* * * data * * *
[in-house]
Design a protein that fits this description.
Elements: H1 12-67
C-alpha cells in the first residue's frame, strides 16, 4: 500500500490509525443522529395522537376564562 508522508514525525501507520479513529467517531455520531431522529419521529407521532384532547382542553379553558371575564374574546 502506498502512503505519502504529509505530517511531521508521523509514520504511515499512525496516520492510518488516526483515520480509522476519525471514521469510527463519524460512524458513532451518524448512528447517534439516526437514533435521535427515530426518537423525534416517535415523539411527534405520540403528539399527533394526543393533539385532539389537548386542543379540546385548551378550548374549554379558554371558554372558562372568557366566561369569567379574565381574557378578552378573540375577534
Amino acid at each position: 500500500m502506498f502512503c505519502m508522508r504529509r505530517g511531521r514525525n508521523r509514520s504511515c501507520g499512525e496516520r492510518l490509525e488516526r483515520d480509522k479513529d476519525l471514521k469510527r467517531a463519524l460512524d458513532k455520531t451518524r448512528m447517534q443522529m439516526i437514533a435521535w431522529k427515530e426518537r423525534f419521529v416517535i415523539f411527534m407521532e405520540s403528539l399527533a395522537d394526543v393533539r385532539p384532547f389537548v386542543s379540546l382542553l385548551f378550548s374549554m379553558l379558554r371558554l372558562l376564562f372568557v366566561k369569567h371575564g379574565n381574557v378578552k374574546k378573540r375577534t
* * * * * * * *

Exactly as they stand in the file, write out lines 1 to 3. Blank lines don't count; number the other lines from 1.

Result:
[in-house]
Design a protein that fits this description.
Elements: H1 12-67